For a number of years I’ve been making art from found materials or from materials which come from construction sites and/or other recycling projects. I pulp discarded newspapers for Papiér Maché for a textured paper surface over which I sometimes apply an oil pigment/wax encaustic treatment. The heated wax and pigment painting process is a method used by the ancient Greeks to polychrome sculpture. The rusted steel mesh, which I cut and polish, comes from the demolition and reclamation of old houses and commercial buildings in Tucson.
On one level, “Mars III” is the third in a series of Mars “paintings” or “objects” that calls into focus the idea of “painting as object.” The encaustic provides a certain lush textural quality that cannot be found with other materials. On another level, the juxtaposition of these materials lends depth to the piece. The rusted steel mesh, though sanded to reveal metal that is not quite oxidized completely through, calls to mind the burnished surface of Mars, the red planet. In this way, Mars, a planet without oxygen, and the red piece, with its oxidized materials, both capture the sense of time’s inevitable passing and the impermanence of all things. In any event, there is no one way to think about this work. Ultimately, it can be simply viewed as all about the beauty of material reality and the pleasure one gets in the looking; an old idea but a universal, timeless one.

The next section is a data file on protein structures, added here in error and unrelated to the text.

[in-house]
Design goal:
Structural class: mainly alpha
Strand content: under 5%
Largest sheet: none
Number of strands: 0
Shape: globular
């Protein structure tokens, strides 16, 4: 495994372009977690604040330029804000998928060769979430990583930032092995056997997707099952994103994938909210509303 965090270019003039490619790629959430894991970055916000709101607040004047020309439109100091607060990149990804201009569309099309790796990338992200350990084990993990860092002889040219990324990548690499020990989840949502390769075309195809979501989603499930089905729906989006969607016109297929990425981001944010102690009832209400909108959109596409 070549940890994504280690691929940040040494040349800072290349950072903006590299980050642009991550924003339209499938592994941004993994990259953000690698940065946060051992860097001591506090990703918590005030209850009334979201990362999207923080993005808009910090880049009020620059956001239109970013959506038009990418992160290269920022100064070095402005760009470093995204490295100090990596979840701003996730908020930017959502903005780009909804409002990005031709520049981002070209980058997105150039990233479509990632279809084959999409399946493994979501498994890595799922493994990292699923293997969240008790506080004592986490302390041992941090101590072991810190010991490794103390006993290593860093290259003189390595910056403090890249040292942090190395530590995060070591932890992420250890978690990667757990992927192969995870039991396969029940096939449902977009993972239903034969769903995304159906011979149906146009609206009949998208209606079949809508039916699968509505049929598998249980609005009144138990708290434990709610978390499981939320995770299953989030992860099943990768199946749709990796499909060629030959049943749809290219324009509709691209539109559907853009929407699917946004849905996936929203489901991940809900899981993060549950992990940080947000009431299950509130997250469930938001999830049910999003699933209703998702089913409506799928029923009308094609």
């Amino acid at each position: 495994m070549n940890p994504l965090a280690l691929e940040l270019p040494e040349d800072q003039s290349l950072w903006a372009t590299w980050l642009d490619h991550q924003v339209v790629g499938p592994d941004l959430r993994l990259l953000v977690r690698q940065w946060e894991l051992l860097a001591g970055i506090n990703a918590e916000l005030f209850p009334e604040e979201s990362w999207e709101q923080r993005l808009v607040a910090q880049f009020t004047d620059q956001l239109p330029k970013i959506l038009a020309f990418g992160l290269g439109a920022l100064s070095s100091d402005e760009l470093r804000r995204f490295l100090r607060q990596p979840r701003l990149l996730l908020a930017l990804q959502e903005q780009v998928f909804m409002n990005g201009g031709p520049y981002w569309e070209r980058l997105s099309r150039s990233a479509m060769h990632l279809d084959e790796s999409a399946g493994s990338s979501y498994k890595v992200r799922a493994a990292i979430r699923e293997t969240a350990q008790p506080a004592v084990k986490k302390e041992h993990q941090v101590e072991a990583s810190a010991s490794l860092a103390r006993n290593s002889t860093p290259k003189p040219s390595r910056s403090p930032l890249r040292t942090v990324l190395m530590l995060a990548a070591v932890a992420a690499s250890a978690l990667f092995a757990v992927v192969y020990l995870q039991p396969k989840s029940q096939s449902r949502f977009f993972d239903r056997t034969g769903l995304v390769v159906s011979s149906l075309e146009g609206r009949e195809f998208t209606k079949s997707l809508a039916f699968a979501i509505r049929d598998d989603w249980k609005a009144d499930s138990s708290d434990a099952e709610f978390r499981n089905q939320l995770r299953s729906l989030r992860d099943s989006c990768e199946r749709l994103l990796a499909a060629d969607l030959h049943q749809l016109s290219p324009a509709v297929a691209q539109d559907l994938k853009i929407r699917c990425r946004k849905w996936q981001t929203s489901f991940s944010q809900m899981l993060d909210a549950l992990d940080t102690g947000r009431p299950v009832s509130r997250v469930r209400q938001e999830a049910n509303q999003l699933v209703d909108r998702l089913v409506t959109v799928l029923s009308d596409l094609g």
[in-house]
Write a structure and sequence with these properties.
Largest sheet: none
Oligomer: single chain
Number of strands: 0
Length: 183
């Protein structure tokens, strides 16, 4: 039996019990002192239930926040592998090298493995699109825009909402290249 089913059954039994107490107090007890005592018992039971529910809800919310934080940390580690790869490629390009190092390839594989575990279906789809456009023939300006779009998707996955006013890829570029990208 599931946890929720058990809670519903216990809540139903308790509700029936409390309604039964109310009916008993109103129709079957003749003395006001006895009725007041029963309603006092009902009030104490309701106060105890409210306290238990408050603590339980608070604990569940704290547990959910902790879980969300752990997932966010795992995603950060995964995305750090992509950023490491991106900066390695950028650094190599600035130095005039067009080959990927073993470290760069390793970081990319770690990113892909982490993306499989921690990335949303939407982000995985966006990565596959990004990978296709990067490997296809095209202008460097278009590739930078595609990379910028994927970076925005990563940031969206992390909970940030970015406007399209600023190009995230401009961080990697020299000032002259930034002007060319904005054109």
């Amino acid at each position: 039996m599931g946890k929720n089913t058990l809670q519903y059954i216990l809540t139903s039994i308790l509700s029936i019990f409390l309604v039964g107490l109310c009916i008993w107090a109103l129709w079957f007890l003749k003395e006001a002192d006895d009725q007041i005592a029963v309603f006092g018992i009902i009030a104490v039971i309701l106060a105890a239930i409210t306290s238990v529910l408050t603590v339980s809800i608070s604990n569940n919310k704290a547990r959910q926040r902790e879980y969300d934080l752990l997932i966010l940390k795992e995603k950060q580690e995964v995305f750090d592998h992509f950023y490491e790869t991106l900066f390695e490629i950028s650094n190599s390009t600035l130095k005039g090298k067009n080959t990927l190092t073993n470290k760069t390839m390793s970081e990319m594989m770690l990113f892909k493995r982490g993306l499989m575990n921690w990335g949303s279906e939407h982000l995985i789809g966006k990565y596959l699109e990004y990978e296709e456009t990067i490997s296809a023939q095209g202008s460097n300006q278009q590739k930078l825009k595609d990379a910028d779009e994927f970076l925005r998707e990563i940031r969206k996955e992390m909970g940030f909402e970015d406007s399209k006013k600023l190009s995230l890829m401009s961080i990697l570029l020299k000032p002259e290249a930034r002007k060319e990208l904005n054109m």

Don West 1/ 2012